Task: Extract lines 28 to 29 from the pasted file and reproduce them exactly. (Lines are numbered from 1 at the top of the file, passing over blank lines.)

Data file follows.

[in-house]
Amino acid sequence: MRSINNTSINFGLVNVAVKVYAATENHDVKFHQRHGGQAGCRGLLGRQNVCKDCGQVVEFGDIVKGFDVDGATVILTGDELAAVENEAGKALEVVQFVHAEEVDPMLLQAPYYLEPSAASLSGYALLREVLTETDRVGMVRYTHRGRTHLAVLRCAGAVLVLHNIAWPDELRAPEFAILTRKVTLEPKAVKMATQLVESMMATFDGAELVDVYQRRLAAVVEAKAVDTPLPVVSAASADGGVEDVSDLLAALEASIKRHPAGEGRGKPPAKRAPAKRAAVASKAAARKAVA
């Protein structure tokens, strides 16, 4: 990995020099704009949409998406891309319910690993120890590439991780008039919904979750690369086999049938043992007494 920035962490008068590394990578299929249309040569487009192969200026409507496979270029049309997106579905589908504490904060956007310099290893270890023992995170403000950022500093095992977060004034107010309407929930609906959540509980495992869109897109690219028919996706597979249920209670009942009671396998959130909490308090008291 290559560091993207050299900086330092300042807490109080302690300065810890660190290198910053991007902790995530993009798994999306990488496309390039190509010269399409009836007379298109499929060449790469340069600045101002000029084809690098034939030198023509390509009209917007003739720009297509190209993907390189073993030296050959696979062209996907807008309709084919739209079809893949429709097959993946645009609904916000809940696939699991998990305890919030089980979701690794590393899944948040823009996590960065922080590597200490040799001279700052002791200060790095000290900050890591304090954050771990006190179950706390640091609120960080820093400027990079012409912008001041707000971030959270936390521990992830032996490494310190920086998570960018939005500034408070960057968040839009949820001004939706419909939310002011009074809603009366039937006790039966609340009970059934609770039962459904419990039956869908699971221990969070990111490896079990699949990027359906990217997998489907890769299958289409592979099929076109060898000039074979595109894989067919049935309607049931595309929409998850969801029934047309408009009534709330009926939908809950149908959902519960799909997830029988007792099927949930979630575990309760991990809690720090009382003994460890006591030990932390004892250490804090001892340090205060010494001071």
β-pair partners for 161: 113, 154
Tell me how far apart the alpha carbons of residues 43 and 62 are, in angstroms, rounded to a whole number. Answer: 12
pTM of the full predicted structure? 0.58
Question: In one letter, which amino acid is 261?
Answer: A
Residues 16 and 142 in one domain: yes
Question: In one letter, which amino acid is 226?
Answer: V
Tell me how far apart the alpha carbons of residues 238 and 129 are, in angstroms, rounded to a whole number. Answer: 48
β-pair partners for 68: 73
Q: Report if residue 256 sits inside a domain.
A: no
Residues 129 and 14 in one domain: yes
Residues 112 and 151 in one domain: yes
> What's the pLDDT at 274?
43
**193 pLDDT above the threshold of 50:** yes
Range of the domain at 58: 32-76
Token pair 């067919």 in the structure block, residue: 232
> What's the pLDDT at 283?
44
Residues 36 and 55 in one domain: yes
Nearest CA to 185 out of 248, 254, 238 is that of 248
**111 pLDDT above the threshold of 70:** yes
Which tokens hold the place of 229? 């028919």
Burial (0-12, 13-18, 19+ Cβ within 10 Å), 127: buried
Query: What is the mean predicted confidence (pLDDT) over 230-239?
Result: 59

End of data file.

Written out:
Which tokens hold the place of 229? 């028919």
Burial (0-12, 13-18, 19+ Cβ within 10 Å), 127: buried